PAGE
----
Guest post by Sarah Roderus,
Vice President, Consulting Services
TCT Computing Group, Inc.
What is the purpose behind randomizing values in a load test? What is the random sequence seed in LoadRunner/Performance Center? These are questions students often ask in LoadRunner and Performance Center training classes. I want to give you the answers to these questions today, (and you won’t have to sit through a lecture to get them).
People are not robots
When designing a performance test, a big challenge is to have one single script that behaves like a group of real users. Real users are not robots. Real users are human—who move at different speeds and select different values. For example, I walked into a retail store the other day to purchase a new pair of tennis shoes for my son. Unfortunately, they didn’t have his size and color selection in stock.
So, I decided to place an order online while in the store and have the shoes shipped directly to my house. Rather than having the salesman go through the painstaking effort of typing my contact information, I asked him if I could type the information and proceed online. Being a rather fast typist, (okay, I am a rather experienced online shopper as well) I completed entering all of the information and submitting the order in approximately 1.5 minutes.
While some users may take 1.0 minute to complete this task, other users may take 3 minutes, yet others may take 4.5 minutes. Randomizing the think time values is an important step to getting that one single script to behave like real people instead of robots.
The importance of the sequence seed
When you complete the think time, pacing values and parameterized values that can be randomized; there is one additional setting to consider—j the random sequence with seed setting. By setting the sequence seed before running your test and using the same sequence seed value for a second test, you are using a mathematical technique of variance reduction. When you simulate the performance of two different systems, there are basically two sources of variation between them:
- Differences in the performance of the two systems
- Differences in the (randomly generated) workload
If you can force the simulation to use the same workload for both cases, you have eliminated one of those sources by testing the performance of the two systems against the same workload. This will increase the precision of the estimates that can be obtained for a given number of iterations.
After executing your baseline test, a piece of code is identified to be a performance issue. The normal development cycle occurs, and the modified code ends up in your environment, ready for another round of performance testing. Setting the sequence seed before executing the test again enables you to use the internal LoadRunner capabilities, allowing you to repeat random sequences of numbers.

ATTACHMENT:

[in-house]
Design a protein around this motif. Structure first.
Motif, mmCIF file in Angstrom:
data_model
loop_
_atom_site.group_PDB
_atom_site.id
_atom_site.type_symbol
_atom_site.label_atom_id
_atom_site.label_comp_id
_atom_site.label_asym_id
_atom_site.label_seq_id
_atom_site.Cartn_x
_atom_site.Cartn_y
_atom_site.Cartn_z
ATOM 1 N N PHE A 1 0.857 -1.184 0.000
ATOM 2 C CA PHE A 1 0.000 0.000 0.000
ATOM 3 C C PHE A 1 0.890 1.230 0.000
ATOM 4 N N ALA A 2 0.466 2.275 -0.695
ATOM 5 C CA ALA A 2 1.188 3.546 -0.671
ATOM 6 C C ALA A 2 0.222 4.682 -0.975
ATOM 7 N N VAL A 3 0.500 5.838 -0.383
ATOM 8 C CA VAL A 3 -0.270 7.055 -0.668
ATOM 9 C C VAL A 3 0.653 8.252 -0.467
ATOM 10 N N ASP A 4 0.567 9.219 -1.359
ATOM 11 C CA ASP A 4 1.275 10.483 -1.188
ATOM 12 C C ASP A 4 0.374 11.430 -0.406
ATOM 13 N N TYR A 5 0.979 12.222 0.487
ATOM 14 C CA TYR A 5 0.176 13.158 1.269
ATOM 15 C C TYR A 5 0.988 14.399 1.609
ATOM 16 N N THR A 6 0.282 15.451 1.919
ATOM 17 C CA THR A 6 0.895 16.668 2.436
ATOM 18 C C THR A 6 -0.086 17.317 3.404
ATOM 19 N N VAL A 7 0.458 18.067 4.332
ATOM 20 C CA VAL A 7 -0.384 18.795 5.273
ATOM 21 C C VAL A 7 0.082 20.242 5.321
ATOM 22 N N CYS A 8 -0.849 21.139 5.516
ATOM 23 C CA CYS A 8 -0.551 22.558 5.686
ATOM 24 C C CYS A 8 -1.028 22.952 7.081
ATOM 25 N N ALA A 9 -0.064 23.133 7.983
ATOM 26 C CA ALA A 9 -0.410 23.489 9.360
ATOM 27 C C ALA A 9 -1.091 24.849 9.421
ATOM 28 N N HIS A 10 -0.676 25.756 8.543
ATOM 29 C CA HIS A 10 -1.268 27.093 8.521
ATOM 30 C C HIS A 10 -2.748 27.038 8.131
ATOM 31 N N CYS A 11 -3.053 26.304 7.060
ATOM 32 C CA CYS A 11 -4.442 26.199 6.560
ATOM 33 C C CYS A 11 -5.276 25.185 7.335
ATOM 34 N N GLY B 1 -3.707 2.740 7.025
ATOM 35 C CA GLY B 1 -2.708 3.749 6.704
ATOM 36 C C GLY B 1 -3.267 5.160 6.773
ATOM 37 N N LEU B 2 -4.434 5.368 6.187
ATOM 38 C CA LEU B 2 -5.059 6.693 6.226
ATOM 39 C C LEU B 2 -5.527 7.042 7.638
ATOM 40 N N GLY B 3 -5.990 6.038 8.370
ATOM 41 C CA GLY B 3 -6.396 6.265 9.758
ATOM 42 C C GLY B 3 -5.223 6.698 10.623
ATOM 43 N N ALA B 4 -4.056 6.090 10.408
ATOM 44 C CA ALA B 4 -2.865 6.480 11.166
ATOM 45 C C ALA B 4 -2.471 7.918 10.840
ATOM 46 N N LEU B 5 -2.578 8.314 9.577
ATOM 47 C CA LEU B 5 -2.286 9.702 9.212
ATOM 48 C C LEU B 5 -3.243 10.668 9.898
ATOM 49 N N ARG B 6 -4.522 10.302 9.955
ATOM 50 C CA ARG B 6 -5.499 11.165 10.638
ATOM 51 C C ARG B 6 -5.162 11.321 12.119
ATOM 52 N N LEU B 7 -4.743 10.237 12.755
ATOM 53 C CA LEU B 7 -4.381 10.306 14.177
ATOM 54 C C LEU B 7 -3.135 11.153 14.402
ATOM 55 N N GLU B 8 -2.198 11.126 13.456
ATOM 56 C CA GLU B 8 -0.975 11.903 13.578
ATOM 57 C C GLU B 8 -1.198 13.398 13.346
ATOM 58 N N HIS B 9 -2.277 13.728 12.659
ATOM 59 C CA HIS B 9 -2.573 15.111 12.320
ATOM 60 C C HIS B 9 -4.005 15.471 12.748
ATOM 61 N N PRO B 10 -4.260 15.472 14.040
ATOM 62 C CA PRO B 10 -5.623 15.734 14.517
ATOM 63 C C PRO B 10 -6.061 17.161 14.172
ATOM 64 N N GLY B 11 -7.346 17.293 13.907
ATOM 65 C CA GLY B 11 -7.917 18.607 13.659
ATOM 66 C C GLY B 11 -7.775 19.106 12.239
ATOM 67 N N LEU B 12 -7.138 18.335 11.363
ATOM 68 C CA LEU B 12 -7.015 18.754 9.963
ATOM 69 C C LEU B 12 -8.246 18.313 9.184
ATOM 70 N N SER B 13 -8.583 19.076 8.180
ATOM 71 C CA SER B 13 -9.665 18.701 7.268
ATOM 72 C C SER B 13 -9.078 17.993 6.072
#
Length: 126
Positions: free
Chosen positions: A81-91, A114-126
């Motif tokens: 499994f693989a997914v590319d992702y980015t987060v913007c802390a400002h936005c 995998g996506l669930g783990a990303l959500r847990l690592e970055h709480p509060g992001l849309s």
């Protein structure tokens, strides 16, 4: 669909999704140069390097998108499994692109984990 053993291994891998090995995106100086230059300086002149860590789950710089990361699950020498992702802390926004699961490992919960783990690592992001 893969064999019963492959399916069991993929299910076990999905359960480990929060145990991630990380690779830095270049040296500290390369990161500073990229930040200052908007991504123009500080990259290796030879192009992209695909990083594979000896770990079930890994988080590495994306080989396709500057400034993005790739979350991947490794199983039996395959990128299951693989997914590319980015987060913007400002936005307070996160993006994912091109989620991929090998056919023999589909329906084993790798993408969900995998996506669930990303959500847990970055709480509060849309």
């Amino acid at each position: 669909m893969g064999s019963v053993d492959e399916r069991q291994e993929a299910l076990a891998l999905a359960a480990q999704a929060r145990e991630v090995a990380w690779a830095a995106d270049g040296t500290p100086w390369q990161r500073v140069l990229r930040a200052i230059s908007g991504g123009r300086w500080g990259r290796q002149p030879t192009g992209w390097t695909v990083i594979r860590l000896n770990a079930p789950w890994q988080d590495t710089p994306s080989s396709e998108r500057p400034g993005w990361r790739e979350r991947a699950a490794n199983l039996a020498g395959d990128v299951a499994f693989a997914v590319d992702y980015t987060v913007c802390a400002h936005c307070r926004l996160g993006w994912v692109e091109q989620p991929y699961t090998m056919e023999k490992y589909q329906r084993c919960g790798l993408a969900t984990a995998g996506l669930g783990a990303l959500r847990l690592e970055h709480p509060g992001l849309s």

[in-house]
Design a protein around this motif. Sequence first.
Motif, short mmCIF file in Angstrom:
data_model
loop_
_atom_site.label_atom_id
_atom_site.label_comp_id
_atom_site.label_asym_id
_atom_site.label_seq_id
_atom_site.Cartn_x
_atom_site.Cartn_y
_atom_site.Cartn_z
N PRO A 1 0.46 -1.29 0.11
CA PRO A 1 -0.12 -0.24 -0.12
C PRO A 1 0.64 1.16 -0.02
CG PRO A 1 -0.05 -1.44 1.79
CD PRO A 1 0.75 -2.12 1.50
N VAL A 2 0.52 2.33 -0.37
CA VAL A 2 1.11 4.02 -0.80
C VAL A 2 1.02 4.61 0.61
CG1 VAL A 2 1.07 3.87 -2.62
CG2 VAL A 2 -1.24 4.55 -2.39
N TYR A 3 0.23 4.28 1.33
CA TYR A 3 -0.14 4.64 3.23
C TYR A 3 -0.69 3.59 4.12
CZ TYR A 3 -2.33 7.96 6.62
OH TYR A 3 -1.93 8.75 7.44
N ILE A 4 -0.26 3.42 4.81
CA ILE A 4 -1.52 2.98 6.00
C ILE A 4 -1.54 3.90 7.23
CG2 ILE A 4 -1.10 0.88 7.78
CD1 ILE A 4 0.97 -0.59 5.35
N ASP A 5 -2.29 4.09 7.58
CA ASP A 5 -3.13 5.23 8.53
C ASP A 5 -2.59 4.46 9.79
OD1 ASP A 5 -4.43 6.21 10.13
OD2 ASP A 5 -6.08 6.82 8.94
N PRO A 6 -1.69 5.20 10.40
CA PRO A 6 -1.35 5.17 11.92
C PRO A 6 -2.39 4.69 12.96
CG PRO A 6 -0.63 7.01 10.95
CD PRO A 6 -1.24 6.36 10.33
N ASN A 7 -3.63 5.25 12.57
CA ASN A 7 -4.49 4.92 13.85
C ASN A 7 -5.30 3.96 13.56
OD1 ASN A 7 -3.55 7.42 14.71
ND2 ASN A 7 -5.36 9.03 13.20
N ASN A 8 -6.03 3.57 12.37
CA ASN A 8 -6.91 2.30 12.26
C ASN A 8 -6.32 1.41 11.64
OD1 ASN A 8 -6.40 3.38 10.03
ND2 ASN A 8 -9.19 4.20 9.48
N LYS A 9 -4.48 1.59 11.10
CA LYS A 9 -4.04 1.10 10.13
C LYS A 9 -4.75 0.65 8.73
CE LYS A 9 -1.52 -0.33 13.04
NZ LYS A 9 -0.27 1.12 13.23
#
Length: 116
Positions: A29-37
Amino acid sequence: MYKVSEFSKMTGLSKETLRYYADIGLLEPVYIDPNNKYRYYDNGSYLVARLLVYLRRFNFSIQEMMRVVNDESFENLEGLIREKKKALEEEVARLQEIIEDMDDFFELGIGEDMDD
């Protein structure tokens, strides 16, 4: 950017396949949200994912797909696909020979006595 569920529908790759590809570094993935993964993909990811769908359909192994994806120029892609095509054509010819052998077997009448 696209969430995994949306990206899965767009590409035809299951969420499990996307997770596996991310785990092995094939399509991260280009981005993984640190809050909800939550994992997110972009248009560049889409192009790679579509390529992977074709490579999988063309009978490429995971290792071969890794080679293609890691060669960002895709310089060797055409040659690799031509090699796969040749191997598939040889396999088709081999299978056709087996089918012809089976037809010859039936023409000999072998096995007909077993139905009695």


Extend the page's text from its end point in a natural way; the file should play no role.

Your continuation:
The secret of duplication
Beware that any modifications to the test, such as: modifying the values in the parameter file that are randomly selected, think time values, adding a new business process flow, etc. will defeat your attempt to duplicate the workload from the baseline test. In order for the variance reduction technique to be properly applied, the same sequence of events with the same randomization must be identical between the runs. If you choose not to apply a sequence seed to a performance test, a different pattern of random sequence seeds could occur—potentially resulting in a better (or worse) response time.
Also, when using the sequence seed and relying on its capabilities to repeat the same sequence of values, consider the potential in your simulation for system performance to influence the workload. You also need to consider the potential for system performance to influence the workload when using the sequence seed and relying on its capabilities to repeat the same sequence of values.
As a simple example, a higher performance system might handle a number of transactions in a fixed time test. If during the baseline test, you generate a total of 1,000 transactions, but during a subsequent test, after code enhancements, you generate a total of 2,000 transactions, only the first 50 percent of the values were reproduced during the second test. Although the same random number seed was used for both runs, the workloads the two systems were tested against were different. Depending on the random numbers generated in the second half of the test, you may over or underestimate the impact of the performance improvement over the baseline performance.
By using the power behind LoadRunner’s capabilities and setting or not setting the Scenario Run-Time Setting value of the random sequence seed as appropriate, you increase your ability to analyze and understand differences between the baseline and subsequent test results.
What has your experience been? I would love to know your thoughts. Feel free to share them with me and the other readers in the comments section below.